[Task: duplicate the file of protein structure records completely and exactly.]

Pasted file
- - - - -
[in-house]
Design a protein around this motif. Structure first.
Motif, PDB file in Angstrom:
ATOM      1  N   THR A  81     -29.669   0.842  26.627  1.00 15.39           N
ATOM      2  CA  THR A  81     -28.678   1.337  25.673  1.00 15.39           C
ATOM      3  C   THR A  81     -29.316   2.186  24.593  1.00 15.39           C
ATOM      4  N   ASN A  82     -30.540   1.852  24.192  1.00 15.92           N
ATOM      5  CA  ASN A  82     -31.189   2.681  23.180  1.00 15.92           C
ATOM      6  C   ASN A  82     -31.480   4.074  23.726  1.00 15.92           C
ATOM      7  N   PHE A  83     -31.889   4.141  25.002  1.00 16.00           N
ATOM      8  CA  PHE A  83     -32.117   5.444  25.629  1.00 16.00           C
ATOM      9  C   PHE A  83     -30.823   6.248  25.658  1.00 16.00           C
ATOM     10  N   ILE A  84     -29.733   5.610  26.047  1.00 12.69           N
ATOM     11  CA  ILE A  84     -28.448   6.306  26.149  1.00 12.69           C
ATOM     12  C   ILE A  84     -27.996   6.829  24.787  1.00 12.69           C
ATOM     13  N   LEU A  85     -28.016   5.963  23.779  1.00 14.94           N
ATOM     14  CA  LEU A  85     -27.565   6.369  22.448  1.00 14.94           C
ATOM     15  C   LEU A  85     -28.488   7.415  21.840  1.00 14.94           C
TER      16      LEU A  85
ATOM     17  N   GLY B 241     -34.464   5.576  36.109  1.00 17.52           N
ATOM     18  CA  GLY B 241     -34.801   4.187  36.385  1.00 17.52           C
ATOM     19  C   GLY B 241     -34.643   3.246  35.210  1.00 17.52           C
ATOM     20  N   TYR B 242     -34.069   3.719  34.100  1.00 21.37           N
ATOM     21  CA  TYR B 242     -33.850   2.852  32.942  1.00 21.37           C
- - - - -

[in-house]
Design a protein around this motif. Structure first.
Motif, PDB file in Angstrom:
ATOM      1  N   THR A  81     -29.669   0.842  26.627  1.00 15.39           N
ATOM      2  CA  THR A  81     -28.678   1.337  25.673  1.00 15.39           C
ATOM      3  C   THR A  81     -29.316   2.186  24.593  1.00 15.39           C
ATOM      4  N   ASN A  82     -30.540   1.852  24.192  1.00 15.92           N
ATOM      5  CA  ASN A  82     -31.189   2.681  23.180  1.00 15.92           C
ATOM      6  C   ASN A  82     -31.480   4.074  23.726  1.00 15.92           C
ATOM      7  N   PHE A  83     -31.889   4.141  25.002  1.00 16.00           N
ATOM      8  CA  PHE A  83     -32.117   5.444  25.629  1.00 16.00           C
ATOM      9  C   PHE A  83     -30.823   6.248  25.658  1.00 16.00           C
ATOM     10  N   ILE A  84     -29.733   5.610  26.047  1.00 12.69           N
ATOM     11  CA  ILE A  84     -28.448   6.306  26.149  1.00 12.69           C
ATOM     12  C   ILE A  84     -27.996   6.829  24.787  1.00 12.69           C
ATOM     13  N   LEU A  85     -28.016   5.963  23.779  1.00 14.94           N
ATOM     14  CA  LEU A  85     -27.565   6.369  22.448  1.00 14.94           C
ATOM     15  C   LEU A  85     -28.488   7.415  21.840  1.00 14.94           C
TER      16      LEU A  85
ATOM     17  N   GLY B 241     -34.464   5.576  36.109  1.00 17.52           N
ATOM     18  CA  GLY B 241     -34.801   4.187  36.385  1.00 17.52           C
ATOM     19  C   GLY B 241     -34.643   3.246  35.210  1.00 17.52           C
ATOM     20  N   TYR B 242     -34.069   3.719  34.100  1.00 21.37           N
ATOM     21  CA  TYR B 242     -33.850   2.852  32.942  1.00 21.37           C